If a person's behavior becomes aggressive, you could try the following tips to help calm them down:
- Before trying to intervene it is important to remember your own safety as well as the safety of the threatening person and all the people and things around them. If you think you can achieve a safe outcome for all, try to calm your friend down.
- Try to get other people who don’t need to be there to leave the area.
- Even if you're scared and nervous, act calm. Use their name and talk in a soft, even tone – do not shout back at them. Have a relaxed posture and be non-confrontational.
- Ask them "What’s made you feel upset/angry?"
- Listen carefully and show empathy, acknowledging their concerns or frustrations without being patronizing.
- Let them know that you are here to help them. If there is something you can do for them, do it.
- Keep them talking and ask open-ended questions.
- Be truthful.
- Reassess – is what you are doing working? If it’s not try something different or get help.
- If they calm down, try to distract them with other things that may take their mind off things.
- Stay with your friend until they and others are safe.
- Get them help if need be – call other friends of 911.
- If there is nothing you can do, retreat and get help.
After the effects of marijuana or marijuana withdrawal wear off, talk to your friend about what happened, how it affected you and those around you, and how this can be prevented in future. See also the Looking After a Friend factsheet.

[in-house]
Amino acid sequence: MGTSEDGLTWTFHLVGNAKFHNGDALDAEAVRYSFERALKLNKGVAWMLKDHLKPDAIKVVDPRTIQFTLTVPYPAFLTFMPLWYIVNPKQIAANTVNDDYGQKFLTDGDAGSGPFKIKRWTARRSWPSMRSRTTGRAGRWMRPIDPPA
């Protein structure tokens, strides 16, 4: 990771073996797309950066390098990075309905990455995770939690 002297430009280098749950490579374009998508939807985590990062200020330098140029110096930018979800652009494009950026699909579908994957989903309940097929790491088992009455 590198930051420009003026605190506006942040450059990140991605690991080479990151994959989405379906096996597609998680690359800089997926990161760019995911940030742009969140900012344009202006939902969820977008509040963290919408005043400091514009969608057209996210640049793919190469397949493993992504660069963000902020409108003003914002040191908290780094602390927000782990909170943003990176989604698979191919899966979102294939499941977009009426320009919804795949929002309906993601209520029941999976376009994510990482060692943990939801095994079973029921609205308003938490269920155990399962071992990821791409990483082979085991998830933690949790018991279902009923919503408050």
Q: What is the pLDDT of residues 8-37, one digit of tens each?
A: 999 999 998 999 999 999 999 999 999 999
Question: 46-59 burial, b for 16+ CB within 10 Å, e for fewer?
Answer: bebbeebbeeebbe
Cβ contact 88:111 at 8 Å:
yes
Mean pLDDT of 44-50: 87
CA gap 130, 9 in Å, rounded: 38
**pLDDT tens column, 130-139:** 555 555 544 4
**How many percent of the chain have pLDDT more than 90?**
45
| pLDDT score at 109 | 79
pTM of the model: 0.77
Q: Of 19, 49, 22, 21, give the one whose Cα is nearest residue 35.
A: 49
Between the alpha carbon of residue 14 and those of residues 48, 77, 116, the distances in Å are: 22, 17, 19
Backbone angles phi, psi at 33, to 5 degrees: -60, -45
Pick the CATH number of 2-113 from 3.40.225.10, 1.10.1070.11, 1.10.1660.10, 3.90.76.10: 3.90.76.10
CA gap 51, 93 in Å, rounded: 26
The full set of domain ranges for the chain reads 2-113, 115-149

How to Help Prevent Aggressive and Violent Behavior From Happening Again
As a friend, you can do things that may reduce the likelihood of this happening to them again. These may include the following:
- Suggest they avoid marijuana use, especially if they have a mental illness.
- Encourage your friend to seek help from their doctor or a counselor about their marijuana use and/or anger issues.
- Remind them of what happened last time they used marijuana.
- Suggest they avoid bingeing or polydrug use (using more than one drug at the same time), or anything that will intensify the effects of marijuana.
- Do other activities with them that don’t involve drug use.
- Copeland J, Rooke S, Swift W. Changes in cannabis use among young people: impact on mental health. Current Opinion in Psychiatry 2013;26(4):325-329. View abstract
- Macdonald S, Erickson P, Wells S, Hathaway A, Pakula B. Predicting violence among cocaine, cannabis, and alcohol treatment clients. Addictive Behaviors 2008;33(1):201-5. View abstract
- Moore TM, Stuart GL. A review of the literature on marijuana and interpersonal violence. Aggression and Violent Behavior 2005;10:171-192. View abstract
- Smith PH, Homish GG, Leonard KE, Collins RL. Marijuana withdrawal and aggression among a representative sample of U.S. marijuana users. Drug & Alcohol Dependence 2013 (in press). doi: View abstract
This information adapted with permission from the National Cannabis Prevention and Information Centre in Australia.